Retired Santa Rosa car dealer Sam Wood, who died Aug. 7 at age 87, was the offspring of Sonoma County pioneers who grew hops and other crops on fertile land along the Laguna de Santa Rosa from the mid-1800s.
Wood’s father was a hop farmer who changed course by cultivating a keen interest in what came out of America’s early automobile factories. Sam Wood worked for decades alongside his father, then succeeded his father, the famous Babe Wood, as the county’s first Cadillac dealer.
Sam Wood inherited his father’s love of people and his dedication to old-fashioned customer service, and he honored those traits as he and, in time, his son, Bruce, led the dealership that became the Wood Pontiac Cadillac Mazda of Corby Avenue. When they sold it to the Hansel Auto Group in 2007, that transaction concluded the Wood family’s 81 years of selling cars in Santa Rosa.
Sam Wood, an outdoor enthusiast who was at home in Sonoma County when he wasn’t relishing a second home near Truckee, was 72 when the dealership was sold and he retired. For the past 15 years, he has enjoyed golfing, hiking, listening to jazz and other music, and spending quiet time with family and friends.
“Sam had a soft voice, with an infectious laugh,” said longtime friend Vic Trione. Trione and his brother, Mark, were close to Sam Wood.
The Trione brothers’ father, late business and community leader Henry Trione, was a close friend and hunting companion of Babe Wood. Vic Trione said he looked up to Sam Wood, who was 12 years his senior, diligent, respectful and modest, as a role model.
“He was great company and had a great sense of humor,” Trione said.
Sam Wood’s daughter, Susanne Wood-Lytle, of Santa Rosa, said: “There was so much about my dad that most people didn’t know because he was very humble throughout his life. He was not a sighted man but a very calm, present and kind man.
Samuel Talmadge “Sam” Wood Jr. was born May 1, 1935 in Santa Rosa to Florence Marie Wood and Samuel Talmadge “Babe” Wood.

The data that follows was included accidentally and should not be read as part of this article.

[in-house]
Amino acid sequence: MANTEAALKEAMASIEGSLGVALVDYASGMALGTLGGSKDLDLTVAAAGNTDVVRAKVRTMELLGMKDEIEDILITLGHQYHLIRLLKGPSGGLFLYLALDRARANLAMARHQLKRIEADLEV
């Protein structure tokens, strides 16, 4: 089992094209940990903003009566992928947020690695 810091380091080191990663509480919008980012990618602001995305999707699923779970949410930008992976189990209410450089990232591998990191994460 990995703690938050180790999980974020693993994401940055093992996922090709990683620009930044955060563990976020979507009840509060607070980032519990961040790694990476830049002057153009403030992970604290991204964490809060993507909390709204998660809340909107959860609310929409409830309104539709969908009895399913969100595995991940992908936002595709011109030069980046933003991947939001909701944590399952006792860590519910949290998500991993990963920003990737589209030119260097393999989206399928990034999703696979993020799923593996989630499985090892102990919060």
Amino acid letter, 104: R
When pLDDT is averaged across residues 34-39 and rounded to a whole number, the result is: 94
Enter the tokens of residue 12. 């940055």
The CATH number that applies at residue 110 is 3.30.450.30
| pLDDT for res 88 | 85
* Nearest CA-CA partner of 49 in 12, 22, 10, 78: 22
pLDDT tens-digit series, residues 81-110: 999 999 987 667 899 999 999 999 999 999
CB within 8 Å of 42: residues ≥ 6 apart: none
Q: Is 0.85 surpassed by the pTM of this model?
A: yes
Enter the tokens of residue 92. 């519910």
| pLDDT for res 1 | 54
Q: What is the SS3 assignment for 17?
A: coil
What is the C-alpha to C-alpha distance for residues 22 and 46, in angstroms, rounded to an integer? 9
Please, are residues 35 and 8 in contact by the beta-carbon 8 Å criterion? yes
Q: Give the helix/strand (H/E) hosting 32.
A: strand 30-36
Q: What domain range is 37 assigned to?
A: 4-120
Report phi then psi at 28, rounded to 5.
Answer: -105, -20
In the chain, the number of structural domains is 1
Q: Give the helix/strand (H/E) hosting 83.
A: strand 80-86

Sevastopol-born father Sam Wood, the former hop rancher, had started selling a muscular precursor to the pickup truck, the REO Speedwagon, on Third Street in Santa Rosa in 1926. Babe Wood added a DeSoto franchise and Plymouth, and in 1936 opened a brand new Cadillac dealership on Mendocino Avenue, a few blocks north of what was then Courthouse Square. He added Pontiacs in 1939.
Her son grew up in the Grace Tract neighborhood. Sam Wood’s daughter Susanne said he worked for her father as a child, washing cars and doing odd jobs at the dealership.
Wood attended high school at the San Diego County Army and Navy Academy. He lived and studied there with one of his closest friends from Santa Rosa, Ed Peterson, whose father had also been a hop farmer in Sonoma County.
After graduating, Wood enrolled at San Jose State College. He studied business and then returned home to work at his father’s car dealership, learning over time and taking on more responsibility for all aspects of the business.
The Wood dealership prospered. Sam Wood was working in the parts department when he met fellow Santa Rosa native Emily Gail Barnard, a 1961 graduate of Santa Rosa High School.
They were married in 1965 at the Rose Presbyterian Church. They would have three children.
Babe Wood was 70 when he passed management of the Wood dealership to his son in 1971. Five years later, Sam Wood moved the operation from downtown to Corby’s auto row.
Sam Wood’s son Bruce joined him in the dealership, and the two worked side by side until the sale to Hansel 15 years ago. It is two years later that the patriarch Babe Wood dies at the age of 103 years.
Retirement allowed Sam Wood to take golf seriously enough that he and Gail bought a house on a course near Truckee. They divided their time between there and Santa Rosa.
Over the past few years, cancer has drained Sam Wood’s energy to the point that he could no longer play golf, so he sat on his patio next to the second tee and enjoyed watching the others play. He would like to talk to the golfers, and they to him.
“He was a people guy, he loved getting to know people,” Bruce Wood said.
His son-in-law, Steve Lytle, observed, “Sam was a real gentleman. And he was such a humble man that you will never meet.
In addition to his wife and daughter in Santa Rosa and his son in New Hampshire, Wood is survived by his son Barret Wood of Fargo, North Dakota, and three grandchildren.
At Wood’s request, there will be no services.
His family suggests memorial donations to: Tahoe Forest Foundation Cancer Center or the foundation’s Cancer Center Oncology Support Program, 10121 Pine Avenue, Truckee CA, 96161 or online at secure.acceptiva.com/?cst=72bf03.